You can see this as an affable bit of British fudge, or an example of how having friends in high places gets you a pass where lesser mortals would be shot.

(*) Only vaguely
(**) I may actually have won a bet involving a useful volume of decent whisky on that with one of my elders and betters, but all evidence and quite a lot of my brain have been destroyed in the intervening.
posted by Devonian at 6:04 PM on November 29, 2014 [3 favorites]

The science eps are weaker, but I feel that's because they tend to lack the narrative thread of history or culture episodes - when the science ep is a basically a bio of a famous scientist, like the recent one on Brunel, it's a lot stronger.
posted by nicolas léonard sadi carnot at 6:19 PM on November 29, 2014 [1 favorite]

Interesting thread. I just the other day had a conversation with a friend about our frustrations with IOT: that Bragg seems, so often, to turn a fascinating subject into a boring show by shaping the conversation in unsatisfying ways. I'm oddly happy to hear that not everyone feels that way, however.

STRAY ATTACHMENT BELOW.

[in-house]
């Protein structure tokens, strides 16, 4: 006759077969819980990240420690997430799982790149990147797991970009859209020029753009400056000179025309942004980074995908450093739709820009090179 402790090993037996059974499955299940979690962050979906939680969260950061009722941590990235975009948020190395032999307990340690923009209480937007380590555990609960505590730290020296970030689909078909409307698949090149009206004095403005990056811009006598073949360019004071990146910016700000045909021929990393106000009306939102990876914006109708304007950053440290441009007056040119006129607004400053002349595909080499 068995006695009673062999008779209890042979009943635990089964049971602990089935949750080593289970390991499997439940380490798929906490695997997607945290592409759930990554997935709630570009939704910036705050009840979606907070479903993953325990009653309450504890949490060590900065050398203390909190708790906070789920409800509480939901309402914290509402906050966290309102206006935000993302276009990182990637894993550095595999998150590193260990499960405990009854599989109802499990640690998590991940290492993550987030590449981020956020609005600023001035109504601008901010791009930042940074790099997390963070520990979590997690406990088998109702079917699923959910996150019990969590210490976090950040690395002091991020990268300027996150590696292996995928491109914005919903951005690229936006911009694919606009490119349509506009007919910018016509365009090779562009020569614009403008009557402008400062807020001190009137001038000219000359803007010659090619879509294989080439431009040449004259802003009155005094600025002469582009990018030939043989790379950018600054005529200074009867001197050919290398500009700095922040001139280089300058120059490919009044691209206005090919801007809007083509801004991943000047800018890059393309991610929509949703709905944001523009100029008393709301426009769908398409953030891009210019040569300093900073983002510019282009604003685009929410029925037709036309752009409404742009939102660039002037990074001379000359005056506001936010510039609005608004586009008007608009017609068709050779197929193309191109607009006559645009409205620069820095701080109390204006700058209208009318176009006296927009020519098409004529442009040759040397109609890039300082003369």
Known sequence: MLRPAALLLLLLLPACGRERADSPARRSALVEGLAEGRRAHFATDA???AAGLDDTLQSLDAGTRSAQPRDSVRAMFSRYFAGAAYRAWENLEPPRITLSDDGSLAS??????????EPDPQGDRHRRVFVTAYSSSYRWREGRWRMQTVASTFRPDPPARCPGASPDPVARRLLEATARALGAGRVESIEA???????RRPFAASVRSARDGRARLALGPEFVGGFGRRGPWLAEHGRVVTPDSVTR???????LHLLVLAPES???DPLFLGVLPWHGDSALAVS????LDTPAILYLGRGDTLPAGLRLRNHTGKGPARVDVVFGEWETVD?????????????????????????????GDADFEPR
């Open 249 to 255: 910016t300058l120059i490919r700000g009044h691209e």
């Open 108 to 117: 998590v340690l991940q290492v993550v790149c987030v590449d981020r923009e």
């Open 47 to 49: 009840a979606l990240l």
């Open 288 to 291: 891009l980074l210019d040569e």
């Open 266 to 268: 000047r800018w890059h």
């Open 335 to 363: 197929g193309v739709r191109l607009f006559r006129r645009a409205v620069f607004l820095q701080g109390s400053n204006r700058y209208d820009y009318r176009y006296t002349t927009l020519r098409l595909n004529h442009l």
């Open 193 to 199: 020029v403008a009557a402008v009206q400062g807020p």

posted by EXISTENZ IS PAUSED at 6:29 PM on November 29, 2014

OK, I have so many followup questions:

1. So who actually sits in the House Of Lords? The lifetime peers, or the hereditary aristrocratic ones? Or only the ones who decide they want to? Are members of the House of Lords career politicians?

2. Are members of the peerage's lives inherently politicized via the mere fact of being peers? Does this change if you're a lifetime vs. hereditary peer?

3. Do people get sent to the House Of Lords? It just occurred to me that there probably aren't elections for that, but surely a person would decide "I would like to be a politician, and since I'm already Baron So And So, I guess that means I'm going to the House Of Lords"? Or is it literally like "Hey you're a big Labour donor, so we're nominating you for this thing that supercedes every other aspect of your career up to this point"?